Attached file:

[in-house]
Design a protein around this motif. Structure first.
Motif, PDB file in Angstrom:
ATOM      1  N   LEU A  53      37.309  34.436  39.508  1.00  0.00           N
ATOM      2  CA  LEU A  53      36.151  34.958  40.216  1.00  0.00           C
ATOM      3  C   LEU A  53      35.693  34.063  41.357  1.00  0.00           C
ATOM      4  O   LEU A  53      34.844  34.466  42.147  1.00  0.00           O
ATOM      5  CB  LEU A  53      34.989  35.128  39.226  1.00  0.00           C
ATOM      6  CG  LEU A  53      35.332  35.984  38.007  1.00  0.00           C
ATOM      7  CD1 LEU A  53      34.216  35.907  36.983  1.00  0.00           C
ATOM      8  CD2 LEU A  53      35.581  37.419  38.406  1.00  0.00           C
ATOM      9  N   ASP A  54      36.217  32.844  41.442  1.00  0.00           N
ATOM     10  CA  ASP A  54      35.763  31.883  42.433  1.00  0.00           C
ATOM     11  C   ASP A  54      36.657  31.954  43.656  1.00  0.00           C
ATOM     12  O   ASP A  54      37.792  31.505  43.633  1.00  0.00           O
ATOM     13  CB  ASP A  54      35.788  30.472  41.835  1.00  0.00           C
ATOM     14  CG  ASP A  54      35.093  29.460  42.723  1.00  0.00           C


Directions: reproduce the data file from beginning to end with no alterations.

[in-house]
Design a protein around this motif. Structure first.
Motif, PDB file in Angstrom:
ATOM      1  N   LEU A  53      37.309  34.436  39.508  1.00  0.00           N
ATOM      2  CA  LEU A  53      36.151  34.958  40.216  1.00  0.00           C
ATOM      3  C   LEU A  53      35.693  34.063  41.357  1.00  0.00           C
ATOM      4  O   LEU A  53      34.844  34.466  42.147  1.00  0.00           O
ATOM      5  CB  LEU A  53      34.989  35.128  39.226  1.00  0.00           C
ATOM      6  CG  LEU A  53      35.332  35.984  38.007  1.00  0.00           C
ATOM      7  CD1 LEU A  53      34.216  35.907  36.983  1.00  0.00           C
ATOM      8  CD2 LEU A  53      35.581  37.419  38.406  1.00  0.00           C
ATOM      9  N   ASP A  54      36.217  32.844  41.442  1.00  0.00           N
ATOM     10  CA  ASP A  54      35.763  31.883  42.433  1.00  0.00           C
ATOM     11  C   ASP A  54      36.657  31.954  43.656  1.00  0.00           C
ATOM     12  O   ASP A  54      37.792  31.505  43.633  1.00  0.00           O
ATOM     13  CB  ASP A  54      35.788  30.472  41.835  1.00  0.00           C
ATOM     14  CG  ASP A  54      35.093  29.460  42.723  1.00  0.00           C